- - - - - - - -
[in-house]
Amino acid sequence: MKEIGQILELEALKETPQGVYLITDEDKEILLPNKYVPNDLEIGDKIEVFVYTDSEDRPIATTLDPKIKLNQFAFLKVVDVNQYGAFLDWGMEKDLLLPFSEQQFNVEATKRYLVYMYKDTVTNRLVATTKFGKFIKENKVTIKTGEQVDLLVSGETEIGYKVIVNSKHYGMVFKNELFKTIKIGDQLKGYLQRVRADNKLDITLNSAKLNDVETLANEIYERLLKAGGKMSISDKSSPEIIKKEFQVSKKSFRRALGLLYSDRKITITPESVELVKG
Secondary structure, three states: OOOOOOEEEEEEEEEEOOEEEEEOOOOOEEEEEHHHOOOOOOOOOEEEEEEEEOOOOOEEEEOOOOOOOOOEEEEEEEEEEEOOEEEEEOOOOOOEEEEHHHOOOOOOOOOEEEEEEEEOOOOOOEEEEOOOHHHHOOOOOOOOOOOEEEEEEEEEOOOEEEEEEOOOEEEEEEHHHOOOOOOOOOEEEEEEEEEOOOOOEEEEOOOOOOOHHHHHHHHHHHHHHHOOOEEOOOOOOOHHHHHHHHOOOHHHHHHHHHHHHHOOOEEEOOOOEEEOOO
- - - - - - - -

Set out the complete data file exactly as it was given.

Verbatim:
[in-house]
Amino acid sequence: MKEIGQILELEALKETPQGVYLITDEDKEILLPNKYVPNDLEIGDKIEVFVYTDSEDRPIATTLDPKIKLNQFAFLKVVDVNQYGAFLDWGMEKDLLLPFSEQQFNVEATKRYLVYMYKDTVTNRLVATTKFGKFIKENKVTIKTGEQVDLLVSGETEIGYKVIVNSKHYGMVFKNELFKTIKIGDQLKGYLQRVRADNKLDITLNSAKLNDVETLANEIYERLLKAGGKMSISDKSSPEIIKKEFQVSKKSFRRALGLLYSDRKITITPESVELVKG
Secondary structure, three states: OOOOOOEEEEEEEEEEOOEEEEEOOOOOEEEEEHHHOOOOOOOOOEEEEEEEEOOOOOEEEEOOOOOOOOOEEEEEEEEEEEOOEEEEEOOOOOOEEEEHHHOOOOOOOOOEEEEEEEEOOOOOOEEEEOOOHHHHOOOOOOOOOOOEEEEEEEEEOOOEEEEEEOOOEEEEEEHHHOOOOOOOOOEEEEEEEEEOOOOOEEEEOOOOOOOHHHHHHHHHHHHHHHOOOEEOOOOOOOHHHHHHHHOOOHHHHHHHHHHHHHOOOEEEOOOOEEEOOO